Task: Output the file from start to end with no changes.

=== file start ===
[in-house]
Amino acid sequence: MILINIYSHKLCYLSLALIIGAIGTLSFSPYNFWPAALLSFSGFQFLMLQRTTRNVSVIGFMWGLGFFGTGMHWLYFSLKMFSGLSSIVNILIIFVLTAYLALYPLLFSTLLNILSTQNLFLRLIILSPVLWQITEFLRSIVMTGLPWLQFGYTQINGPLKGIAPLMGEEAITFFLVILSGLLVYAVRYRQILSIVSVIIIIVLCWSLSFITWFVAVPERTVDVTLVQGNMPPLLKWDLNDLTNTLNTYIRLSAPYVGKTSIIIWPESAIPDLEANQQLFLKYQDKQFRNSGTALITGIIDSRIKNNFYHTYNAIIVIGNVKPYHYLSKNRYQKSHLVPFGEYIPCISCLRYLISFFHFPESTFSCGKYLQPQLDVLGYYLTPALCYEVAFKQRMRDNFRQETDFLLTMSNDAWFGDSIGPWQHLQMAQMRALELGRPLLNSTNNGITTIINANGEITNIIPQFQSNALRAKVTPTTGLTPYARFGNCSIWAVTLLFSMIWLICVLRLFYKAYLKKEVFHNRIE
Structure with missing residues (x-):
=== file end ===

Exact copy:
[in-house]
Amino acid sequence: MILINIYSHKLCYLSLALIIGAIGTLSFSPYNFWPAALLSFSGFQFLMLQRTTRNVSVIGFMWGLGFFGTGMHWLYFSLKMFSGLSSIVNILIIFVLTAYLALYPLLFSTLLNILSTQNLFLRLIILSPVLWQITEFLRSIVMTGLPWLQFGYTQINGPLKGIAPLMGEEAITFFLVILSGLLVYAVRYRQILSIVSVIIIIVLCWSLSFITWFVAVPERTVDVTLVQGNMPPLLKWDLNDLTNTLNTYIRLSAPYVGKTSIIIWPESAIPDLEANQQLFLKYQDKQFRNSGTALITGIIDSRIKNNFYHTYNAIIVIGNVKPYHYLSKNRYQKSHLVPFGEYIPCISCLRYLISFFHFPESTFSCGKYLQPQLDVLGYYLTPALCYEVAFKQRMRDNFRQETDFLLTMSNDAWFGDSIGPWQHLQMAQMRALELGRPLLNSTNNGITTIINANGEITNIIPQFQSNALRAKVTPTTGLTPYARFGNCSIWAVTLLFSMIWLICVLRLFYKAYLKKEVFHNRIE
Structure with missing residues (x-):